Toyota Replaces Another Blown GR86 Engine, Warranty Changes ‘Being Looked At’

Toyota hasn’t commented on a possible defect, but it wants to support owners who drive their cars appropriately.

byPeter Holderith|
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___lunk via Instagram


Toyota is replacing the engine in one owner's blown-up GR86 after initially denying the warranty claim in May. The car, owned by a Massachusetts native named Luke who we previously spoke to, was participating in a high-performance driving event at Palmer Motorsports Park when on its warmup lap, the engine gave up in a cloud of smoke. It was later revealed to have a hole in the side of the block, but Toyota representatives said Luke was racing and would not replace the 2.4-liter initially.

Now Toyota has gone back on that decision following The Drive's and others' reports on Luke's predicament. It's taken weeks to get this situation resolved, but in a statement, a Toyota spokesperson told us, "We are honoring the warranty of [track-driven] cars as long as they're driven in the manner they're supposed to be driven. We have to handle any claims on a case-by-case basis, but taking your car to a track or taking it off-road doesn't necessarily limit or exclude warranty coverage."

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This is not the first time Toyota has reversed a warranty denial for one of its new sports cars. Last year, we reported on a GR86 owned by Blake Alvarado which also suffered an engine failure at a high-performance driving event. It's suspected by many owners that excessive RTV, a sealant used to assemble the car's FA24D, falls into the motor's lubrication system and starves the engine of oil, which causes catastrophic failure. Loose RTV has been found in several engines' oil pickups and oil pans.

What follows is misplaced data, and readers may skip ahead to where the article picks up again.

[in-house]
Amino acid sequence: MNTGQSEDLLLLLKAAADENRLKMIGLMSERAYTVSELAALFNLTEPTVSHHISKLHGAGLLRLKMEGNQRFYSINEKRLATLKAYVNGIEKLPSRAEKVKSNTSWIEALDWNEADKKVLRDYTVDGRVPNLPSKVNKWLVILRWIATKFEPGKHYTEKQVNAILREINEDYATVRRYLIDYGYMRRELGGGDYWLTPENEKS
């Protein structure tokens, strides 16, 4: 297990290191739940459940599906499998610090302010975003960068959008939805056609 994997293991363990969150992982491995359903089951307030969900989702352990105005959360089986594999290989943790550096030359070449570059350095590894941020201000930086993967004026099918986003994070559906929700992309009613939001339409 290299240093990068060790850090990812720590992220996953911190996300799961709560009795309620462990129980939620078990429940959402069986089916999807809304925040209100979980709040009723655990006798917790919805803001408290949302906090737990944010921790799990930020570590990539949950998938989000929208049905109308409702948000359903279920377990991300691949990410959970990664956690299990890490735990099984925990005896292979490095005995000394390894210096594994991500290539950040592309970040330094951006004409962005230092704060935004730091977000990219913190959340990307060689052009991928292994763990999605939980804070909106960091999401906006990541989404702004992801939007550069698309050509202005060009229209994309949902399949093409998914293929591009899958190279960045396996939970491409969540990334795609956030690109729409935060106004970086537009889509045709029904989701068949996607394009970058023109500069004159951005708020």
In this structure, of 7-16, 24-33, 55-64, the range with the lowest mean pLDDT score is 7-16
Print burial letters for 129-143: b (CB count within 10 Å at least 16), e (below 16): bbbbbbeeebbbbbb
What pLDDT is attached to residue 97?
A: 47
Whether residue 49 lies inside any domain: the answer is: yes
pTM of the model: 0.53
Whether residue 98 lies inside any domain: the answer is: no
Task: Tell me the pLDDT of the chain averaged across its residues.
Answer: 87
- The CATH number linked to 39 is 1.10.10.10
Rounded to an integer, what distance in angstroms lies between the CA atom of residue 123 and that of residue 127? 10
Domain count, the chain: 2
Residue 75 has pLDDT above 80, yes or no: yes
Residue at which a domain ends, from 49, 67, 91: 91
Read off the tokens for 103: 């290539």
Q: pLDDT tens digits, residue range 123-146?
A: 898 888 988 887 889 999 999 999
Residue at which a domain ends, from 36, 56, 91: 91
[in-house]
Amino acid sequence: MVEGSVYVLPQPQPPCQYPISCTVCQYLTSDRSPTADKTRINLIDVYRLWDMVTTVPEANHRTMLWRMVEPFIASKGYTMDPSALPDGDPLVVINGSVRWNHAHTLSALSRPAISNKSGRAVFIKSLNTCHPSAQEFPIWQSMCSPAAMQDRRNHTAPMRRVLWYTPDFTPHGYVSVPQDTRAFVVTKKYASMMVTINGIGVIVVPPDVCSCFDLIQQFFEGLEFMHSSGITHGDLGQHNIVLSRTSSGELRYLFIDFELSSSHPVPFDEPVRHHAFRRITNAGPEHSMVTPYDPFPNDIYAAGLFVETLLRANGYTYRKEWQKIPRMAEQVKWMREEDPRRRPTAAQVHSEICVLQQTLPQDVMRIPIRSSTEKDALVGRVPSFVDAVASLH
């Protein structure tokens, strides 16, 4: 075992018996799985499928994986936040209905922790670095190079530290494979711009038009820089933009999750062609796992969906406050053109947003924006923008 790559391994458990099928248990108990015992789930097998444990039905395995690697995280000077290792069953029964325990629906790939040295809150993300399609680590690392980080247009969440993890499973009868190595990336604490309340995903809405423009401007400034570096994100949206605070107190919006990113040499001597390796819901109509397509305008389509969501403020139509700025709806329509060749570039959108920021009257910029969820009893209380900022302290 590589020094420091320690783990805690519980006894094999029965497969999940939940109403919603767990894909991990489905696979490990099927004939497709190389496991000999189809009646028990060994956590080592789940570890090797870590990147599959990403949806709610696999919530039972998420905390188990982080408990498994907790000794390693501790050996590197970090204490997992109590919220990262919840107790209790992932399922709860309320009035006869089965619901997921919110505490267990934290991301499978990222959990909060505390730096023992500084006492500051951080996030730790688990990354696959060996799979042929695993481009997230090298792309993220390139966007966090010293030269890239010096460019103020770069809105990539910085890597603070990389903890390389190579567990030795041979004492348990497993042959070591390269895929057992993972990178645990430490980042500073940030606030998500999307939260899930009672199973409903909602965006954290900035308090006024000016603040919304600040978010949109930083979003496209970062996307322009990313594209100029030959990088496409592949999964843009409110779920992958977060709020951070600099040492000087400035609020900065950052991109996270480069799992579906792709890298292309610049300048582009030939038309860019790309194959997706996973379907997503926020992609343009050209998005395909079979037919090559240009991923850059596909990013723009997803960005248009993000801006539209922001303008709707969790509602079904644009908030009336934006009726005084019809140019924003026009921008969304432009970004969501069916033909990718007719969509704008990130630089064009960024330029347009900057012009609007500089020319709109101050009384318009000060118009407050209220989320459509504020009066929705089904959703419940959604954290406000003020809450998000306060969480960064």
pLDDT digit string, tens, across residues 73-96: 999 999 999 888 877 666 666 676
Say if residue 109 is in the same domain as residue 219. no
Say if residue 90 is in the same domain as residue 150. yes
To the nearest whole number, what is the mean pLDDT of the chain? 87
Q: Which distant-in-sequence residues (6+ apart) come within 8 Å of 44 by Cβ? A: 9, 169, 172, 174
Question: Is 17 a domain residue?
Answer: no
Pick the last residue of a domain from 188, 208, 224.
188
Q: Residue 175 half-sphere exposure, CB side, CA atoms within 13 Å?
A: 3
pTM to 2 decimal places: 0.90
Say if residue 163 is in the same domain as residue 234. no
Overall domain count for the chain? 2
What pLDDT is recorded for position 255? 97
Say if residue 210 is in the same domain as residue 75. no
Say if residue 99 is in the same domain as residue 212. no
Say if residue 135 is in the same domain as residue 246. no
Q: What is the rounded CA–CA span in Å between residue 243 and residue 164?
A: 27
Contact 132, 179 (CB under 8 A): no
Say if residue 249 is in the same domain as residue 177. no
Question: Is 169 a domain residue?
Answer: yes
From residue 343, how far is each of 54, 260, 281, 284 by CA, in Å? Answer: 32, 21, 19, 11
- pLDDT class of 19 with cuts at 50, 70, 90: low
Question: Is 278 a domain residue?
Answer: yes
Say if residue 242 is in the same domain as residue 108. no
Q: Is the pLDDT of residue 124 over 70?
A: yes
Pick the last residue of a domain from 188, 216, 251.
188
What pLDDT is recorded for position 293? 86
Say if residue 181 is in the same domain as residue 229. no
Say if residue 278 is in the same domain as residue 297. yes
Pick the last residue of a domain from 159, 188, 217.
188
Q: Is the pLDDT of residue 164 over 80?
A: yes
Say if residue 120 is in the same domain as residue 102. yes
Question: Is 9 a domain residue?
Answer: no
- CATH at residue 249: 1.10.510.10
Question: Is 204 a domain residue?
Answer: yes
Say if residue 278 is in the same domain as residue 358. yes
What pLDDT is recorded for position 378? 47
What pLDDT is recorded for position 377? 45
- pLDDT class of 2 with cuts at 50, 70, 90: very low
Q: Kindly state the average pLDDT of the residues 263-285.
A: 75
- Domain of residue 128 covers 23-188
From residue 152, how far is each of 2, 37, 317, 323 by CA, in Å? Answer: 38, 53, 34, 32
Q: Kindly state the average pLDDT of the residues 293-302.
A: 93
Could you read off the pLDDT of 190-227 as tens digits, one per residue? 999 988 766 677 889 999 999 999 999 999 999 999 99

Luke had heard of these issues before taking his car to the track, but he wasn't concerned as his GR86 had just 19,000 miles on the odometer. It's speculated that because the issue may be due to improper engine assembly, the problem can pop up at any mileage. Alvarado's car likewise had just 13,770 miles on the clock when its engine, built by Subaru, failed. This being said, the Toyota spokesperson did not speculate on any possible engine defects. They claimed they did not have "anything to share" on that front.

Possible changes to the automaker's warranty seem possible. "As we move forward with this brand, with these GR sports cars specifically, we're working it out as we go here, in terms of the policies we have in our warranty," the spokesperson continued. They added that although the arduous process of altering Toyota's policy has not formally begun, "We are in the process of evaluating our warranty language... Warranty language is being looked at."

The spokesperson also noted that it's difficult to provide blanket coverage for track use because Toyota is not able to discern how the cars are used outside of track events. "What about the life of the car outside of that video, too? So that all has to go into our decisions because engines aren't cheap," the spokesperson said.

For his part, Luke is glad his engine will be replaced, though he said in the same breath that it "would be good if going viral online wasn't the most effective way to get a second look at things." He thinks it would probably be best for dealers not to deny a warranty claim as soon as they hear the word "track." All of this being said, he plans to keep his GR86. "As for me, I might be considering another platform for a track car, [but] the GR86 is still a great road car for like 95% of its buyers," Luke explained.

Toyota agrees it's important that people like Luke and Alvarado are supported. "We want to make sure that our customers know they can take their cars into [track or off-road] scenarios with confidence," the spokesperson told us. "Those are the folks that really drive the GR brand forward, and we want to make sure that we're not a brand that's just about marketing our cars for tracks, but actually let people take them on the track."

With two HPD-related engine failures covered so far, it's clear Toyota is taking the situation seriously. These first two instances have necessitated an intense rigamarole to get the fixes done, but the owners still love their cars, and Toyota is seemingly willing to fix them when they break so long as they're being used appropriately.

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